From today, as well as being able to visit the Mauritshuis
in person, you can also experience it in a new lifelike virtual environment. The museum is the first in the world to have been fully digitised in gigapixel format. By bringing this together with the Maurithuiss existing Second Canvas app, the wonderful stories behind the paintings are also revealed and you can zoom in on the brushstrokes. No fewer than 36 masterpieces, including all the Vermeers, four Rembrandts, three Jan Steens, Fabritiuss Goldfinch and The Bull by Paulus Potter, can all be enjoyed in exquisite detail.
The Second Canvas tour in gigapixel format makes the Mauritshuis accessible to everyone around the world. Wander through the rooms of the former city palace and explore the museum, right down to the smallest details. Let yourself be captivated by the paintings and discover details you have never seen before. The Mauritshuis is continually looking for ways to digitally unlock the collections stories. This virtual tour is a valuable addition to this, not only for our visitors who want to discover our museum from their homes, but also as a starting point for formats such as digital guided tours and educational activities.
The collaboration between the Mauritshuis and Madpixel** (the company behind Second Canvas) came about a number of years ago. The Mauritshuis was one of the first museums in the world to launch a Second Canvas app in 2016 to make the collection more accessible from outside the museum. Today, the app is in use by more than 75 museums in 16 counties. Iñaki Arredondo, CEO of Madpixel, on the collaboration: The Mauritshuis offers the perfect combination of the ability to move quickly, tremendous content and an openness to innovation.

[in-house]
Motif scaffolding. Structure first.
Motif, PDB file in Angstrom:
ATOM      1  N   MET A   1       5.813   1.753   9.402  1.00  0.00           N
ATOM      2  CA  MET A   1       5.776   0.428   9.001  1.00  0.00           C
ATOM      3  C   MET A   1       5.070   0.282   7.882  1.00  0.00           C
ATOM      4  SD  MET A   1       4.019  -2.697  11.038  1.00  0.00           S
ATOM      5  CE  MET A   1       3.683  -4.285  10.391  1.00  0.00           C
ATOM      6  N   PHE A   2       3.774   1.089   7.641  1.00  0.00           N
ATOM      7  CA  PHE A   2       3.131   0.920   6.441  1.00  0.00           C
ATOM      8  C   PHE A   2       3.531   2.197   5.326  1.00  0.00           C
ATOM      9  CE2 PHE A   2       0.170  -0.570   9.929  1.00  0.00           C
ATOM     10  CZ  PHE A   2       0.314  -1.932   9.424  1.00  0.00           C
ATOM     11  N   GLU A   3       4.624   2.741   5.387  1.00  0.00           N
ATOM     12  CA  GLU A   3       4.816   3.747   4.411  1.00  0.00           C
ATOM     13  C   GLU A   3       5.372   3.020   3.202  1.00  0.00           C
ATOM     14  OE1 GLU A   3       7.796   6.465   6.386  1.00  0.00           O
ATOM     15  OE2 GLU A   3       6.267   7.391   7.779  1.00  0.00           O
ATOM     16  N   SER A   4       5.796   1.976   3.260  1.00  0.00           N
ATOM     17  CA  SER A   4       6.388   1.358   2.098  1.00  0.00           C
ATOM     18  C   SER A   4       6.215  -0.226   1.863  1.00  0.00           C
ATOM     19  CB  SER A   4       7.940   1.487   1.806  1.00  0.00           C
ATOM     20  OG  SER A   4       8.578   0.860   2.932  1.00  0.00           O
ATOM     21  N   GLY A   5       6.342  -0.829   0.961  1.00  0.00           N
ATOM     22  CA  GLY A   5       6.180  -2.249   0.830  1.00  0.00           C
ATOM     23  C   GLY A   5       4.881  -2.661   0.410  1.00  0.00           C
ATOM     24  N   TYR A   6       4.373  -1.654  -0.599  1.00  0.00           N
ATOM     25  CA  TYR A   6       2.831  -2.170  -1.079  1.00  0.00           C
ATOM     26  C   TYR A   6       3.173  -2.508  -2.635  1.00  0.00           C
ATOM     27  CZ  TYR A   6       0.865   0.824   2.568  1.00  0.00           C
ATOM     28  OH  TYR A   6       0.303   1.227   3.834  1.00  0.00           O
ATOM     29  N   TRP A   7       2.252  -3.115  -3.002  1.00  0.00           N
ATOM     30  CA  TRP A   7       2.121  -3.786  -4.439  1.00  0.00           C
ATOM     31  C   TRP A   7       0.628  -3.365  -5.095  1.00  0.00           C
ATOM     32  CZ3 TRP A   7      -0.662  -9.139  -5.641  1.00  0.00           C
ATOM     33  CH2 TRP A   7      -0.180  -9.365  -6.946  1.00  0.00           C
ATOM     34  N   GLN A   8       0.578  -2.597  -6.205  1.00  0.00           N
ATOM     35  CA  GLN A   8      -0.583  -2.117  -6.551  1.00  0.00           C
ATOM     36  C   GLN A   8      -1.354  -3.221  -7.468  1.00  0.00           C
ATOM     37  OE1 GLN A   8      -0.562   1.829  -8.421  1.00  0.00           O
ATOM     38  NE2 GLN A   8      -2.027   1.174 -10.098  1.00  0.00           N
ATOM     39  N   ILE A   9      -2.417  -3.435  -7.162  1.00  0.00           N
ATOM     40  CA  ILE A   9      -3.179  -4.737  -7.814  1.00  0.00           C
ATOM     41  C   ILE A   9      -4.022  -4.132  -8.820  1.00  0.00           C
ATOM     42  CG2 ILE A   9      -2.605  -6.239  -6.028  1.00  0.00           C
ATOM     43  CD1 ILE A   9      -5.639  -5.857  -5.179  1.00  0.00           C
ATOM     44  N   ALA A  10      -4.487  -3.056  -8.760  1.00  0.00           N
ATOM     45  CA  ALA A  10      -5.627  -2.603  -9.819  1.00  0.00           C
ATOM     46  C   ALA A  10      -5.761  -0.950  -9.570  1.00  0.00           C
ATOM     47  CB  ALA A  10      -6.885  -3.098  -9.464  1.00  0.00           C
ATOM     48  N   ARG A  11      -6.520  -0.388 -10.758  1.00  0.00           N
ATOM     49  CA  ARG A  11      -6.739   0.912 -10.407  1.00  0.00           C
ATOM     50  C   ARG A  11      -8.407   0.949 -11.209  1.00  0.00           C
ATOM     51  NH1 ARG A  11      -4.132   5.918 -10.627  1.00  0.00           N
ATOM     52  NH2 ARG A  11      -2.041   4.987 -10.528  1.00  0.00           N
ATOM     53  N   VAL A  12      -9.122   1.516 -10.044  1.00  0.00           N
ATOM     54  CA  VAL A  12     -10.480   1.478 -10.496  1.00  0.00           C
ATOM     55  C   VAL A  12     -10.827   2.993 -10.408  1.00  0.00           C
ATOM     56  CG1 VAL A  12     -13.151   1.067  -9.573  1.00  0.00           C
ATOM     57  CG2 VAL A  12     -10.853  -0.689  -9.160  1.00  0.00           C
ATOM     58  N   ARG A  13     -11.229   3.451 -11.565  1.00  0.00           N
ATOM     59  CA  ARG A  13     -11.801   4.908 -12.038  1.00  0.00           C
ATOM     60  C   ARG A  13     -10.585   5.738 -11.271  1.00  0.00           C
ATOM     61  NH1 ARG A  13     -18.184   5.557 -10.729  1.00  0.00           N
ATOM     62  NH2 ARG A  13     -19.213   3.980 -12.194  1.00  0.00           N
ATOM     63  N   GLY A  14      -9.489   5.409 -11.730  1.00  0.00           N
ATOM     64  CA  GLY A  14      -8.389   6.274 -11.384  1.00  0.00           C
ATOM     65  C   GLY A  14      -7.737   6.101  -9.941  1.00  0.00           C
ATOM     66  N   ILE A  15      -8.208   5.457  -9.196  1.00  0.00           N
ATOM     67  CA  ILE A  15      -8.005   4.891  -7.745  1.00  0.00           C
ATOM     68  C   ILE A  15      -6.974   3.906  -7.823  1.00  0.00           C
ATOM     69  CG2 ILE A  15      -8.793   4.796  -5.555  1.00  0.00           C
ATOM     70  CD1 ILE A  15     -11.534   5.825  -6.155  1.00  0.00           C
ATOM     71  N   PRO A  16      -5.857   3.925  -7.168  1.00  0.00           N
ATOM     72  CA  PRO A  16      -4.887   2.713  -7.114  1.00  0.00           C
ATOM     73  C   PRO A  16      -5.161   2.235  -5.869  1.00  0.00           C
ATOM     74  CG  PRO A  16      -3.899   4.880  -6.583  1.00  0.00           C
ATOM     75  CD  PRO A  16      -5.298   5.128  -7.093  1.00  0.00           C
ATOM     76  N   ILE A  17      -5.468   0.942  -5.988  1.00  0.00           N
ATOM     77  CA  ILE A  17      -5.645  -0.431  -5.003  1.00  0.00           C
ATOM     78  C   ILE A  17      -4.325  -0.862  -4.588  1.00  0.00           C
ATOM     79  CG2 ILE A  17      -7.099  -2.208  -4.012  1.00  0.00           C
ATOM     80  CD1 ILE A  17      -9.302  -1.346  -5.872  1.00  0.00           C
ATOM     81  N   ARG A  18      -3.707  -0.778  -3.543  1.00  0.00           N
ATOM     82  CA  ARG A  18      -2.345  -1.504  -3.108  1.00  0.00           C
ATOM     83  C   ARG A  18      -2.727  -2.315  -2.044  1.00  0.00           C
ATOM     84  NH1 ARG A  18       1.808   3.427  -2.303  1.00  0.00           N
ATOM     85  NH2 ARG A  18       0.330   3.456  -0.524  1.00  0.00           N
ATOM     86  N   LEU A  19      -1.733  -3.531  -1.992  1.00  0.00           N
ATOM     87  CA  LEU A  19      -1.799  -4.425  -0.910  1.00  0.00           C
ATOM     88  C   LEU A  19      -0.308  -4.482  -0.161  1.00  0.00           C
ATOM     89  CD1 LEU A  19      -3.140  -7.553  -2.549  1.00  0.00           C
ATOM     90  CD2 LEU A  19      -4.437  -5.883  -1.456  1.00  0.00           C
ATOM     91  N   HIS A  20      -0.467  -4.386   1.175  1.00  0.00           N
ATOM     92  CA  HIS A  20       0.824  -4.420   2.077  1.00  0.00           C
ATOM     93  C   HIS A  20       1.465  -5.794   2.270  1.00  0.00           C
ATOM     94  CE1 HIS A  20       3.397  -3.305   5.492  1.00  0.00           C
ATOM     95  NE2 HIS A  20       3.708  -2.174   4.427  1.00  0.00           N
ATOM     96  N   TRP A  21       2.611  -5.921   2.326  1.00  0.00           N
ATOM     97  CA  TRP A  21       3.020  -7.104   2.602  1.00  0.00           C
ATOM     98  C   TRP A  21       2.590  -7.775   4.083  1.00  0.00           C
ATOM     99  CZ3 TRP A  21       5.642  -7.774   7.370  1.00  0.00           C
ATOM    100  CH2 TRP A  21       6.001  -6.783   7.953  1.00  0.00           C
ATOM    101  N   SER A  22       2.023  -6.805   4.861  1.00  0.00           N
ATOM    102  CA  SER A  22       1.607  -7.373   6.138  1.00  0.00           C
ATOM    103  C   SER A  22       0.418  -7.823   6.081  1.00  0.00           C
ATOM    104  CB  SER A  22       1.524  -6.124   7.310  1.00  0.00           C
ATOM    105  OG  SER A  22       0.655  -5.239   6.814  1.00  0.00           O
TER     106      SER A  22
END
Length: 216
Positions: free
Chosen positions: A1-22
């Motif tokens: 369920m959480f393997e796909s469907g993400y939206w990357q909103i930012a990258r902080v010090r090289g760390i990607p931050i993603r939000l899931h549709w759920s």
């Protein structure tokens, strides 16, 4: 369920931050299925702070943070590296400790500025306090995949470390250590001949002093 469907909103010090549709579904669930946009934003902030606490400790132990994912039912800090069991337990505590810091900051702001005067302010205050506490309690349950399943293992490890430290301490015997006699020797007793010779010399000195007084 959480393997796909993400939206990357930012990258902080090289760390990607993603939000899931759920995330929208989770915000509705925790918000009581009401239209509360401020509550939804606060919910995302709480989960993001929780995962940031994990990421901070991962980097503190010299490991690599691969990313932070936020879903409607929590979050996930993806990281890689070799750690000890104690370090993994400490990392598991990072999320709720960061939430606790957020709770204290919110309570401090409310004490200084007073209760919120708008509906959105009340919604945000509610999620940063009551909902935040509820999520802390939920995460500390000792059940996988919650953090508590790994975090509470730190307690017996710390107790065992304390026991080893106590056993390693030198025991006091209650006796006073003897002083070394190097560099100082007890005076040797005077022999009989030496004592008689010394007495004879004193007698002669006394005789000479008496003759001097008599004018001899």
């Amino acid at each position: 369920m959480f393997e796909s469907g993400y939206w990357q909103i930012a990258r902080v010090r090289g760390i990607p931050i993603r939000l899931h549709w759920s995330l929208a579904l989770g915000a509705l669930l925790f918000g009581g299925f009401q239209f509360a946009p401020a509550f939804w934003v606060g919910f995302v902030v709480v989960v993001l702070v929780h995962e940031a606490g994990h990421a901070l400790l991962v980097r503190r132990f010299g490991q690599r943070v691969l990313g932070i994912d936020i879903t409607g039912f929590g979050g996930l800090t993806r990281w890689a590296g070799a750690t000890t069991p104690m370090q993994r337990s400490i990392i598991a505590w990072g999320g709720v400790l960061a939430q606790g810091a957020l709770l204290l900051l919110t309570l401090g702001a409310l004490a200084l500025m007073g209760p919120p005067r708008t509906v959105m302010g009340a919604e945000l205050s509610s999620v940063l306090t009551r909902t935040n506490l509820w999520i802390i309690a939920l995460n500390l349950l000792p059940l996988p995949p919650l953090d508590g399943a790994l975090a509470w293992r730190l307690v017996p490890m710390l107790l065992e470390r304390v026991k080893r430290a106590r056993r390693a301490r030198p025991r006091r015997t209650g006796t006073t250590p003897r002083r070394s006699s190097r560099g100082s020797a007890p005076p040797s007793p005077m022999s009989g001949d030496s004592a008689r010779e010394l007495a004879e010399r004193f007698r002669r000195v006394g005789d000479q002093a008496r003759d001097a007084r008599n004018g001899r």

Paintings in gigapixel format are nothing new, but an entire museum digitised in gigapixel format is a world first. During the first lockdown of spring 2020, the images of the museum and its paintings were taken with 360-degree cameras. To create the high-quality, razor-sharp images, Madpixel took countless small images. Every centimetre, skirting board and wall hanging in the rooms was mapped by a digitisation robot, the Madpixel ROB. This robot selected the resolution required for every artwork: the larger the painting, the higher the resolution needed to be to ensure the optimum millimetre-level zoom experience. The results of the 360-degree gigapixel photography means that online visitors can see the Mauritshuis collection in extremely high resolution. And discover the smallest details.
A number of artworks also offer the option of switching between the photographic image and infrared images***. This allows visitors to swap between the different images and discover the changes that the artist made during the painting process. In the underdrawing for The Garden of Eden with the Fall of Man by Rubens, for example, two dogs are visible that do not appear in the final painting.
Visitors can find the virtual museum on the Mauritshuis website or via the Mauritshuis Second Canvas app. The app is free to download from the App Store and Google Play.